Skip to content

Female Swim Team Makes Waves After College Officials Go Off the Deep End

Three women’s swim team captains at Roanoke College were forced to fight for the protection of their sport and their team.
Grant Atkinson
Written by
A female swimmer is seen in the pool

The rise of male athletes competing on female teams is threatening the existence of women’s sports. No matter how hard activists try to obscure this fact, they cannot change the truth, which is becoming more evident every day.

It was apparent in 2022, when University of Pennsylvania male swimmer Lia Thomas went from 462nd in NCAA Division I men’s swimming to a national champion as a Division I women’s swimmer. But anyone who was paying attention could see that Thomas’s story was only the beginning.

This fall, a story unfolded at Roanoke College in Salem, Virginia, that bore an eerie resemblance to the Lia Thomas saga. And though the turmoil at Roanoke College has seemingly ended for now, female swimmers from the Virginia school and across the country are calling for much-needed change.

Female swimmers felt ‘blindsided’

The trouble at Roanoke College began in September 2023, soon after students returned from summer break. It was then that a male athlete who had previously competed on the college’s men’s swim team told school officials he wished to join the women’s team.

The athlete had spent the 2022 season sitting out while undergoing testosterone suppression. Under NCAA rules, a male athlete must suppress testosterone for 12 months prior to competing against women. Now, this athlete wanted to return to swimming to compete on the women’s team. When women’s team captains Kate Pearson, Lily Mullens, and Bailey Gallagher found out, they were shocked and dismayed.

“I never expected to be blindsided by a teammate from the men’s team who now wanted to compete against me and my fellow swimmers and shatter our records,” Gallagher said, according to the New York Post.

Mullens said the news made her question whether the women should even compete knowing that “our defeat was written in biology.”

An expert report by Dr. Gregory A. Brown, an exercise science professor at the University of Nebraska, shows that Mullens is absolutely correct. Males have greater height and weight; larger, longer, and stronger bones; larger muscles; and higher rates of metabolizing energy than women.

All of these traits give male athletes an inherent physical advantage over females. But when the three captains brought these valid concerns to their coach, they didn’t receive the support they needed.

“We were told that even if our whole team stood against it and refused to compete, the swim coach would be able to compete with just that person on the team,” Pearson said. “They could just have a one-person team.”

Fending for themselves

School officials suggested if the captains wanted to make their case that the women’s swim team should consist of only women, they had to do so by personally confronting the male athlete.

The three women tried to follow these instructions by sending multiple letters and voicing their opinions calmly at a team meeting. But they were at best abandoned, and at worst actively sabotaged, by the administration.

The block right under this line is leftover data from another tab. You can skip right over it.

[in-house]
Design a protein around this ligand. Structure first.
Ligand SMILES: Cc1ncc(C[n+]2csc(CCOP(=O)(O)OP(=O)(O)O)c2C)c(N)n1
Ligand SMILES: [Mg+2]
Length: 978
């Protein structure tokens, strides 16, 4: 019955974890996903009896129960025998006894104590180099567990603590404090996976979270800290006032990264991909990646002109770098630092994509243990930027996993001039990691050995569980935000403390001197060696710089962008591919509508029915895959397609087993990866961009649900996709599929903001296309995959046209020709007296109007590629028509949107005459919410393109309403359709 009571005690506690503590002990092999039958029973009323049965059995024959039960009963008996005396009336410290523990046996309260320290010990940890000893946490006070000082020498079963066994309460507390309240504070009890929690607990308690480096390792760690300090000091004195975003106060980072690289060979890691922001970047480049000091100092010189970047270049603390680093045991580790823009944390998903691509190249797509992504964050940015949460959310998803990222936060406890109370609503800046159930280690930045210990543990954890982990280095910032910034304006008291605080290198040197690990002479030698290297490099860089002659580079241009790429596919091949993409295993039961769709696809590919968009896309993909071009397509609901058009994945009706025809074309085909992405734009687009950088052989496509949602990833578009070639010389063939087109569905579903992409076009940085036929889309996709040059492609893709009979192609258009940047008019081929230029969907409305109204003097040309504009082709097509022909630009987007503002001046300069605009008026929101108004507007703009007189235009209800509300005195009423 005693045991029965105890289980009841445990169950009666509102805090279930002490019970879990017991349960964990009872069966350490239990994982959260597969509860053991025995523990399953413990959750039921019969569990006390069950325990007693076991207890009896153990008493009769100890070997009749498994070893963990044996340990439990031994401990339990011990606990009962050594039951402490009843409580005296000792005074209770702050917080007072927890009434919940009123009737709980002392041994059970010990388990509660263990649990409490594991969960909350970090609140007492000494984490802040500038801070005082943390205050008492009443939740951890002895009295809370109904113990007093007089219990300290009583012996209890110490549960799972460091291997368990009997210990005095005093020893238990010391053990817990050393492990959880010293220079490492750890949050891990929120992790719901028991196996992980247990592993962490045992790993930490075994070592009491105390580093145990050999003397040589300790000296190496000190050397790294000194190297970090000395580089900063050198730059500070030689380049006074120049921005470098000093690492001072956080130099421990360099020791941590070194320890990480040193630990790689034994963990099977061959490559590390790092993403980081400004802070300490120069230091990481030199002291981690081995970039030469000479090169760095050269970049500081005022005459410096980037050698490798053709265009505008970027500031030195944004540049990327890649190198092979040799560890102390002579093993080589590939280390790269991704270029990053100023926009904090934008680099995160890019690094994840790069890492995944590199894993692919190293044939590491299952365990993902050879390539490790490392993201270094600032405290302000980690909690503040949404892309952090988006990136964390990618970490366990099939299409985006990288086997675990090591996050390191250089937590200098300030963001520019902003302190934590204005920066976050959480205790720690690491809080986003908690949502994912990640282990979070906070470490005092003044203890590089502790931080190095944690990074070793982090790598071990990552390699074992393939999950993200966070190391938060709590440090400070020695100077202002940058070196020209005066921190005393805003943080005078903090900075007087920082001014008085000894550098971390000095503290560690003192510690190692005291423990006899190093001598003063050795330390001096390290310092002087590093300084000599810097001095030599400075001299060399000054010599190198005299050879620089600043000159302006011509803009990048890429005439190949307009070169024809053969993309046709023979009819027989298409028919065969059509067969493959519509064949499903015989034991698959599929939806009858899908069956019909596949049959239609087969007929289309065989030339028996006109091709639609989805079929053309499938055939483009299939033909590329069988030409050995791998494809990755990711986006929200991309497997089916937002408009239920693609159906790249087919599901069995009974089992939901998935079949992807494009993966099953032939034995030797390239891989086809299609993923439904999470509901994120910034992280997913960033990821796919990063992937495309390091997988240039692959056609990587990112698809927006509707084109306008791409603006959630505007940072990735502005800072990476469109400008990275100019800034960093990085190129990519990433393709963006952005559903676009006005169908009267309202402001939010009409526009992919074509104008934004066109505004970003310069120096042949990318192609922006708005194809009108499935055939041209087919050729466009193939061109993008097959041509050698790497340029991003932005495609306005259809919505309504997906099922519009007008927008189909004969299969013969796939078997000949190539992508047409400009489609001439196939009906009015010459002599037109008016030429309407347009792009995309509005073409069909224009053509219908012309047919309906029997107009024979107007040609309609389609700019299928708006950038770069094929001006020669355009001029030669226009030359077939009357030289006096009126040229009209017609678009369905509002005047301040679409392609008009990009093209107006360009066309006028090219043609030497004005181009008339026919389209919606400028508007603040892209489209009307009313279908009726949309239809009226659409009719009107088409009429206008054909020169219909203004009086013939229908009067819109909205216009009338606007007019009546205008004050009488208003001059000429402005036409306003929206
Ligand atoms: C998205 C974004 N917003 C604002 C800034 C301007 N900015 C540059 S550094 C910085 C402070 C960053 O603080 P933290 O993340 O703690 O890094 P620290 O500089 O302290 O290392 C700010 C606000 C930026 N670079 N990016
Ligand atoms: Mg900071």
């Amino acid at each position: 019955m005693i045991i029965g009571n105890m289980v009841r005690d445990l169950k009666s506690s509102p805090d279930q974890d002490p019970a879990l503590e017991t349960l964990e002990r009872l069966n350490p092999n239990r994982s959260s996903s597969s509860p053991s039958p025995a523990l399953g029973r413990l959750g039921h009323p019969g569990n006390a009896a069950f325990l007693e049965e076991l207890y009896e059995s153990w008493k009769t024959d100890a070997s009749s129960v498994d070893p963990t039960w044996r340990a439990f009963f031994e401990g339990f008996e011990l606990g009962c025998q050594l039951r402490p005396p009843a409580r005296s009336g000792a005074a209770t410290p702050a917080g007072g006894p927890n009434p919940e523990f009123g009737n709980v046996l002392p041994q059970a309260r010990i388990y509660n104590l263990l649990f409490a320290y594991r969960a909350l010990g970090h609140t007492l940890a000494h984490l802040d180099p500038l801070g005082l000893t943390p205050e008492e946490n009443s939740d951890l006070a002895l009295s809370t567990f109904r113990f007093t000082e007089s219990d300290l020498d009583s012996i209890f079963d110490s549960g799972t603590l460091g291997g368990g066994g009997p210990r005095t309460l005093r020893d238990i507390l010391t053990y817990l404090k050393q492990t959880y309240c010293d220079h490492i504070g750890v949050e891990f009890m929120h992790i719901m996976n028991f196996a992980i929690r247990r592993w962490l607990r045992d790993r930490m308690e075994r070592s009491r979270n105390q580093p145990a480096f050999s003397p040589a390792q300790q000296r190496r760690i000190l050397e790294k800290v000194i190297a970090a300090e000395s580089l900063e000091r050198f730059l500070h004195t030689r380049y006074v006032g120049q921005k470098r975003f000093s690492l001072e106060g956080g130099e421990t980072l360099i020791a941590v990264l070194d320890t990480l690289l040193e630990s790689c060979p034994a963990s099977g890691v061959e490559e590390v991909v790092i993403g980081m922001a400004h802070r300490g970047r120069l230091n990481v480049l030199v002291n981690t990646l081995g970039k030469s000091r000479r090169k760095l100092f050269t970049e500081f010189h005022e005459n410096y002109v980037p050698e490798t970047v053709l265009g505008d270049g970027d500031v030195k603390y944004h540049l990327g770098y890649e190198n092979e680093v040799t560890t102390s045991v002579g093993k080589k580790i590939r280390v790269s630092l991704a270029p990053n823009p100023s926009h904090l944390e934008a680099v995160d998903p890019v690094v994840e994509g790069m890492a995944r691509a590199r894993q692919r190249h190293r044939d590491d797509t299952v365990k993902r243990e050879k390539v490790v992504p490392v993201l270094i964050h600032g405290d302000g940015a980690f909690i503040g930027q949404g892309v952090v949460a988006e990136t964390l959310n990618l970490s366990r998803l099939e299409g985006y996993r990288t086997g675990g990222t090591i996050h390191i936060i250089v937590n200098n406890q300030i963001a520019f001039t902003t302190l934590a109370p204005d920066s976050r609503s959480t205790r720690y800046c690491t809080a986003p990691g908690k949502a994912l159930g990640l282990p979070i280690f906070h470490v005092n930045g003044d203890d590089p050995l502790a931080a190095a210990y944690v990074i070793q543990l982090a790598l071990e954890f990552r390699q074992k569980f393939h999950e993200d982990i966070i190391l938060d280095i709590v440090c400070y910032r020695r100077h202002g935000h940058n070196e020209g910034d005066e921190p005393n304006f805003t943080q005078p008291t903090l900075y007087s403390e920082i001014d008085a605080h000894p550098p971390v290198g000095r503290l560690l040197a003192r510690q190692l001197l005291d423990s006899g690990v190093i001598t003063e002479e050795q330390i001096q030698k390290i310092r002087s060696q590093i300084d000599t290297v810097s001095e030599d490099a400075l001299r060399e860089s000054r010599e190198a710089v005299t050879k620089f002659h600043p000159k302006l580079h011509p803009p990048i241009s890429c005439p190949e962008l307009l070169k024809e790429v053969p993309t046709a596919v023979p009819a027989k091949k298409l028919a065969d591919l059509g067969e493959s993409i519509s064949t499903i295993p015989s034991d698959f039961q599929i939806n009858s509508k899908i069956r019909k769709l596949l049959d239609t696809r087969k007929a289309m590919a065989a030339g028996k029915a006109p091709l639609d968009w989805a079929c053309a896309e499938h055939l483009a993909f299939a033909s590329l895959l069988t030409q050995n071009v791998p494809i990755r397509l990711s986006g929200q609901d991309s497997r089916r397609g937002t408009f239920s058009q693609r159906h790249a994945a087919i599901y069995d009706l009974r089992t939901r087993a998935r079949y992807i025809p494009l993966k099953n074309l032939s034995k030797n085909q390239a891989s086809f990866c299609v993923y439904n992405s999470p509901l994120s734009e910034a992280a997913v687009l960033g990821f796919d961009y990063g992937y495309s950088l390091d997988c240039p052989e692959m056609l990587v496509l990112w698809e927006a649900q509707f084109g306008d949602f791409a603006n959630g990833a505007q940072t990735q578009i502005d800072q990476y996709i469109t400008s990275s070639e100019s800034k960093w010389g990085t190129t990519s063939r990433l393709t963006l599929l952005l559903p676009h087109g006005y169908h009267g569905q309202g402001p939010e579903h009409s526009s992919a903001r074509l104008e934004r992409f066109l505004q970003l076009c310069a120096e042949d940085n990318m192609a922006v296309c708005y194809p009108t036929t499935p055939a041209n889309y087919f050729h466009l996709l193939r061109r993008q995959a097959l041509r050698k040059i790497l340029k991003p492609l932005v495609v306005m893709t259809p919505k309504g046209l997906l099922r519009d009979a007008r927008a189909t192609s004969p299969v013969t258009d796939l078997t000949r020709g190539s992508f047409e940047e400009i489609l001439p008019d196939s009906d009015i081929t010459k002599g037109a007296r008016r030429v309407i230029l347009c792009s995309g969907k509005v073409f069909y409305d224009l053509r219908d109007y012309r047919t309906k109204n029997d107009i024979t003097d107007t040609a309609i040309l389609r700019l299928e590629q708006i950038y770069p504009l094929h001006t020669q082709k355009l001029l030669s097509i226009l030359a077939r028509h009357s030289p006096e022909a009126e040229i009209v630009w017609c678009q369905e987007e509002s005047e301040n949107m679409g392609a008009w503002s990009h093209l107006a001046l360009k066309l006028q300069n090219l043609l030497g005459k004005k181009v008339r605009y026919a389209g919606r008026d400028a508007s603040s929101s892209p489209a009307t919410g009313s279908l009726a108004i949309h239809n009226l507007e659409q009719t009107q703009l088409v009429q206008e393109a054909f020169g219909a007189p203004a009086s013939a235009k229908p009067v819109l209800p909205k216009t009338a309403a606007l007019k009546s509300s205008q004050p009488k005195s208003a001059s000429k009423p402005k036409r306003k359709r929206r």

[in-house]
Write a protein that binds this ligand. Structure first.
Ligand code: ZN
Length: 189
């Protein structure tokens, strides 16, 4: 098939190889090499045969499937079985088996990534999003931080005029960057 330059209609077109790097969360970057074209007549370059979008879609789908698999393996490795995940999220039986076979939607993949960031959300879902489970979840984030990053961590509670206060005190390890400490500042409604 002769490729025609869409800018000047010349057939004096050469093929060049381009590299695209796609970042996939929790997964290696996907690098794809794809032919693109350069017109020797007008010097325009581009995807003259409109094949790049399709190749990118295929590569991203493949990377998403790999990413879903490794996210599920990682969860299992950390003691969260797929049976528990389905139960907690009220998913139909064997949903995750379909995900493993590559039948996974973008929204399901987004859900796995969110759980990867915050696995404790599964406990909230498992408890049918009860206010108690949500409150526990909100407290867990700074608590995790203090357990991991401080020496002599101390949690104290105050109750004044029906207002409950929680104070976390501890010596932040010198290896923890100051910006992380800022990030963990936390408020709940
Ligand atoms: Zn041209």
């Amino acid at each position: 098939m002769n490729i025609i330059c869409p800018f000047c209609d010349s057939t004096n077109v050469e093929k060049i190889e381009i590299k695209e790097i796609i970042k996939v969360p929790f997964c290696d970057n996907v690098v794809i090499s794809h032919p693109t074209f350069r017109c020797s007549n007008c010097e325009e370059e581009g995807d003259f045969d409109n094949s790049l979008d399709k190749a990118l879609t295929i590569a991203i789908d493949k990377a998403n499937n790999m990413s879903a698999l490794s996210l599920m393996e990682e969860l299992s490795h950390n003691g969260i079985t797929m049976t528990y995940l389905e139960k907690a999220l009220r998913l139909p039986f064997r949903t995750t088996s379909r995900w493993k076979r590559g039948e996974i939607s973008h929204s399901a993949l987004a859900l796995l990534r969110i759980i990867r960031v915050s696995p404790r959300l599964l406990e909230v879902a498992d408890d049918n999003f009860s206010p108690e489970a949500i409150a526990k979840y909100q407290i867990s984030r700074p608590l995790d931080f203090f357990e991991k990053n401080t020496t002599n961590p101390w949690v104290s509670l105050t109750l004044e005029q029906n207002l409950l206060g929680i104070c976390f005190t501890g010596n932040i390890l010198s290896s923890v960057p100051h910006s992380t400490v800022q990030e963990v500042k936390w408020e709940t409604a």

At one point, female swimmers said they were forced to vote on whether to allow the male athlete to stay on the women’s team as the athlete was standing in front of them. At another point, the captains said the athletic director told them to write a letter to the male athlete detailing their concerns, only to turn around and tell the male athlete that the women wrote “disgusting things.”

And even when the male athlete withdrew from the women’s team, the captains said their coach effectively guilt-tripped them by saying, “You got what you wanted.”

“None of us want a person to quit the sport that they love,” Pearson said. “We just want everyone to compete in a way that is fair.”

We must stand up to protect women

Contrary to the way they were treated by Roanoke College officials, these three women are not villains. Quite the opposite. Speaking up for biological reality takes courage, but it couldn’t be more important at a time when activists are contorting the definitions of sex and gender.

The Roanoke College women’s swim team understands the importance of fighting for reality, which is why the team held a press conference following the debacle and called on the NCAA to ensure women’s sports are reserved for women.

At Alliance Defending Freedom, we understand the importance of biological reality, too. It’s why we are representing female athletes nationwide—from West Virginia to Connecticut to Idaho—as they stand up to defend equal opportunities for women and girls.

While the incidents at the University of Pennsylvania and Roanoke College have garnered national media coverage, it’s not just the flashy stories that deserve our attention. Similar issues are occurring across the country. Until our laws and policies reflect the reality of what it means to be male and female, the issue will continue to worsen.

Since 2020, 23 states have passed laws protecting female athletes. As we seek to defend women’s sports nationwide, we must continue calling on more states to follow suit.

Grant Atkinson serves as Jr. Digital Writer at Alliance Defending Freedom
Grant Atkinson
Digital Writer
Grant serves as a Digital Writer at Alliance Defending Freedom.